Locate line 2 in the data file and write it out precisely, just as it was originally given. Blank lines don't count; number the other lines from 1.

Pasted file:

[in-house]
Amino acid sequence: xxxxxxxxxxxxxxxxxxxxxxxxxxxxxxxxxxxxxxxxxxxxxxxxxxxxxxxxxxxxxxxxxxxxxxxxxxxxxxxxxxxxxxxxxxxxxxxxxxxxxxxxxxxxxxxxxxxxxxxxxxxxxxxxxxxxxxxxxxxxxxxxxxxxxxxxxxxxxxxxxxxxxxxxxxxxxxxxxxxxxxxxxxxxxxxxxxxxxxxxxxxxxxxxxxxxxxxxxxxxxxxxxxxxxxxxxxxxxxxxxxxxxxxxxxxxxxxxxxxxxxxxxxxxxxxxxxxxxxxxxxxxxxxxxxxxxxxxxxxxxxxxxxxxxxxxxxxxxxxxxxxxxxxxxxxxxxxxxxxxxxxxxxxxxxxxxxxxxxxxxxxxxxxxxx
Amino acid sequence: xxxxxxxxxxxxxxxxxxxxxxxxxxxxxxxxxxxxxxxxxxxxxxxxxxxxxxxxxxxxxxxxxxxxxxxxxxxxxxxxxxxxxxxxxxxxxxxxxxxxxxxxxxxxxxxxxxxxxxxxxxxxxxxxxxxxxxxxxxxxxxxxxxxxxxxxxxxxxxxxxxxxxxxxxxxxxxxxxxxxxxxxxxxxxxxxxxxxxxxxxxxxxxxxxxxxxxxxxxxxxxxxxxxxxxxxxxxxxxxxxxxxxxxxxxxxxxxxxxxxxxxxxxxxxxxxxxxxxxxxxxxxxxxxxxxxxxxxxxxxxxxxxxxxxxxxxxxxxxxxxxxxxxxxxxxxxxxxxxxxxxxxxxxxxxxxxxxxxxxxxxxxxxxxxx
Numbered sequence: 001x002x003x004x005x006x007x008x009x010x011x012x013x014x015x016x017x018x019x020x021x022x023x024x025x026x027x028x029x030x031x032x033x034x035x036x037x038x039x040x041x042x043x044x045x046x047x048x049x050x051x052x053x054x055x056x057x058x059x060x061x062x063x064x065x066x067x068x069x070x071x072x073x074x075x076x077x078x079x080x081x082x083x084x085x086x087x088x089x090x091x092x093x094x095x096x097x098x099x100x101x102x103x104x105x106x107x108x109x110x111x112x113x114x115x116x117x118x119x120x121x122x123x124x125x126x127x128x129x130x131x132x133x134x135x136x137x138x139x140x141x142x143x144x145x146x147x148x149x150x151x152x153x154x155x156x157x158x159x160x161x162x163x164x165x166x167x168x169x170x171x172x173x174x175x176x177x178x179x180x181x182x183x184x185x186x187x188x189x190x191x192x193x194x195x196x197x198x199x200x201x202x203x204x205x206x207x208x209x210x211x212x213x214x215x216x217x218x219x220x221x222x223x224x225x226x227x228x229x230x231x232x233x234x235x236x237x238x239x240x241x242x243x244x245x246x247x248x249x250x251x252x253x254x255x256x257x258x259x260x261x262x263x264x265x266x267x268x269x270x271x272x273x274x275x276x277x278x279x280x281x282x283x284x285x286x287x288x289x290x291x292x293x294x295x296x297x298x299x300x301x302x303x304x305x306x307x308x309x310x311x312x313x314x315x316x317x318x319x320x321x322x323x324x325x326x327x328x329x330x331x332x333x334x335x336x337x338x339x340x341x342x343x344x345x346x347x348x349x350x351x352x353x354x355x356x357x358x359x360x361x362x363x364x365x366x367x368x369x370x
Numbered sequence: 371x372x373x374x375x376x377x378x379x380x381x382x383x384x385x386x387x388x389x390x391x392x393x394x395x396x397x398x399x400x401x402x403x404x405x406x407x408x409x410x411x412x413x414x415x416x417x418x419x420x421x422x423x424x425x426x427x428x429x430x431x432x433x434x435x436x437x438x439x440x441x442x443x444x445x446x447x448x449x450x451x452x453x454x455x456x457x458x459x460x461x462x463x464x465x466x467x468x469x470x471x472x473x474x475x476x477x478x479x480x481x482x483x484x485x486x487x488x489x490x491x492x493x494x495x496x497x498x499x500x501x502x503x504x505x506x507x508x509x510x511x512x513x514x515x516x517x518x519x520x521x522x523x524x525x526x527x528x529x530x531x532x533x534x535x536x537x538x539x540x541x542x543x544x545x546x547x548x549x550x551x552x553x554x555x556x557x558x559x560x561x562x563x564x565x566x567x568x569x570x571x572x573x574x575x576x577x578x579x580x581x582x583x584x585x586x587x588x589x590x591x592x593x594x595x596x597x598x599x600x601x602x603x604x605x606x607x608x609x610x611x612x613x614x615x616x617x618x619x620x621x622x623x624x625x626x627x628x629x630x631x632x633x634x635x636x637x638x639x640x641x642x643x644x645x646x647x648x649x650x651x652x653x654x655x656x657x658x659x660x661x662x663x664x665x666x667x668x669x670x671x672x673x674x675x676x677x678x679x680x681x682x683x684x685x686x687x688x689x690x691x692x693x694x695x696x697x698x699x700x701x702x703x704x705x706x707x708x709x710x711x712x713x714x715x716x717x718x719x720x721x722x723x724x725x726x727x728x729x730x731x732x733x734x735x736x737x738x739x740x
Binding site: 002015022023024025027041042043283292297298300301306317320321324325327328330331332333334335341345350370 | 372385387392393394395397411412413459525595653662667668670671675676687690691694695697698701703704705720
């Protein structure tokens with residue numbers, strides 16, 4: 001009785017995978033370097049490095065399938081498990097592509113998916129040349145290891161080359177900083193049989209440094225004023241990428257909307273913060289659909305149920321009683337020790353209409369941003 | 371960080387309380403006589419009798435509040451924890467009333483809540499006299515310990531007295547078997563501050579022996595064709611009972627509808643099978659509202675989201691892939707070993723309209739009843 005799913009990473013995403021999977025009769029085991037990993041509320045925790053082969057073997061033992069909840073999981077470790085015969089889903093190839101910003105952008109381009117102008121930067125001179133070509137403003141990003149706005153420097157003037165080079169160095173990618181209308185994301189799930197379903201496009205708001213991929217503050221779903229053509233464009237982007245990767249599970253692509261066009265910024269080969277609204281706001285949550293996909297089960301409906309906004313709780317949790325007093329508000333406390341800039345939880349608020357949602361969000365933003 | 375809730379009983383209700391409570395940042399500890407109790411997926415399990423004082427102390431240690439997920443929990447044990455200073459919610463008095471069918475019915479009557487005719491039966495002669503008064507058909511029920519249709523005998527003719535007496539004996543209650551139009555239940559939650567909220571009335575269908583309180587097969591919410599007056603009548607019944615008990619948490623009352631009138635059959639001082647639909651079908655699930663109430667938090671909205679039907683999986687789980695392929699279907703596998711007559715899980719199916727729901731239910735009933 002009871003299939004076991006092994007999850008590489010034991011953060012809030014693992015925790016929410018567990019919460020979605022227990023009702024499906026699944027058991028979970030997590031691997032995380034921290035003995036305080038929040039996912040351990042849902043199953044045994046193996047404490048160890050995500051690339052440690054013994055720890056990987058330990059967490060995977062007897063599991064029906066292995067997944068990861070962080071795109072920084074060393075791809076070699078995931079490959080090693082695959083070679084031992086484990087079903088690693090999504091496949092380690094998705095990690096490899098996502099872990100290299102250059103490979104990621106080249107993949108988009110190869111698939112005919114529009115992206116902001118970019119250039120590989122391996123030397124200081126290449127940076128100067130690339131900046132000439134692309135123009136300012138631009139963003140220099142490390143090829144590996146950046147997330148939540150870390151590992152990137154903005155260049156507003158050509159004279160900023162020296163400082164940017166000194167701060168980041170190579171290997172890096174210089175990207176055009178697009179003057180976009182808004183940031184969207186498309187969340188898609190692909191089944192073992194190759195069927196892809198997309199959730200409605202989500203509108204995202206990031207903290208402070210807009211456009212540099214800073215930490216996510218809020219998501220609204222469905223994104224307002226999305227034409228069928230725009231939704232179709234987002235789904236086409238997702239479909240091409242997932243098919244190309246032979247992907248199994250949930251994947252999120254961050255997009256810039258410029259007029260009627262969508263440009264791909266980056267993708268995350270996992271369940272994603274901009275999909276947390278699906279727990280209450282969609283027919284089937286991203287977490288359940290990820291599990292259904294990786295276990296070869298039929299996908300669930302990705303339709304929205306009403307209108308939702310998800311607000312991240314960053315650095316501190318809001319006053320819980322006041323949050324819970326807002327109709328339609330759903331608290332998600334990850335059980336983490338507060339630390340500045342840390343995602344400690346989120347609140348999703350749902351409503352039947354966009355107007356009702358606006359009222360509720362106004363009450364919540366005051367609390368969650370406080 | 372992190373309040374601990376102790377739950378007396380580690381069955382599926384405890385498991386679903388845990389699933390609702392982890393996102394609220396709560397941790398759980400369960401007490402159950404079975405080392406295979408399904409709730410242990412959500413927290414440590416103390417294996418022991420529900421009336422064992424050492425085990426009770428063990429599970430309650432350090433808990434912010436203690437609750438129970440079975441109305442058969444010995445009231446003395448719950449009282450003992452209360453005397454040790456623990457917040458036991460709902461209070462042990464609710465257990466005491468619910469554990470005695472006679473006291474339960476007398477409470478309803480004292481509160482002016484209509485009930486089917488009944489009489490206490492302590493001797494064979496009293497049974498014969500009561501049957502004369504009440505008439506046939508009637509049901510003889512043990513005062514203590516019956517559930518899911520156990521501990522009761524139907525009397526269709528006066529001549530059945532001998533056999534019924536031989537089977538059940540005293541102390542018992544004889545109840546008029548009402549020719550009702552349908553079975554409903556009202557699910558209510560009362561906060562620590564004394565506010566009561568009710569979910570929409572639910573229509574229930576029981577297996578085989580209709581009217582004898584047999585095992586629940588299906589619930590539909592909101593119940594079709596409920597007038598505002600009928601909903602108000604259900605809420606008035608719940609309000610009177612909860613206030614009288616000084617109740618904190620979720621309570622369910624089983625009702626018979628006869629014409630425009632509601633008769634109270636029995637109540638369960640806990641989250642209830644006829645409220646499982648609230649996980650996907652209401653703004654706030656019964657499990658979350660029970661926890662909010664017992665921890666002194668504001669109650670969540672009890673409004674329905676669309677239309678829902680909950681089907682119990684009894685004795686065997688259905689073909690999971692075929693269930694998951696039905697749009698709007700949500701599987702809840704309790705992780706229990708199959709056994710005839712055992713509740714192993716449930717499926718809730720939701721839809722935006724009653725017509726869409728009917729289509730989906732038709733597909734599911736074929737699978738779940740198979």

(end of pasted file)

Amino acid sequence: xxxxxxxxxxxxxxxxxxxxxxxxxxxxxxxxxxxxxxxxxxxxxxxxxxxxxxxxxxxxxxxxxxxxxxxxxxxxxxxxxxxxxxxxxxxxxxxxxxxxxxxxxxxxxxxxxxxxxxxxxxxxxxxxxxxxxxxxxxxxxxxxxxxxxxxxxxxxxxxxxxxxxxxxxxxxxxxxxxxxxxxxxxxxxxxxxxxxxxxxxxxxxxxxxxxxxxxxxxxxxxxxxxxxxxxxxxxxxxxxxxxxxxxxxxxxxxxxxxxxxxxxxxxxxxxxxxxxxxxxxxxxxxxxxxxxxxxxxxxxxxxxxxxxxxxxxxxxxxxxxxxxxxxxxxxxxxxxxxxxxxxxxxxxxxxxxxxxxxxxxxxxxxxxxx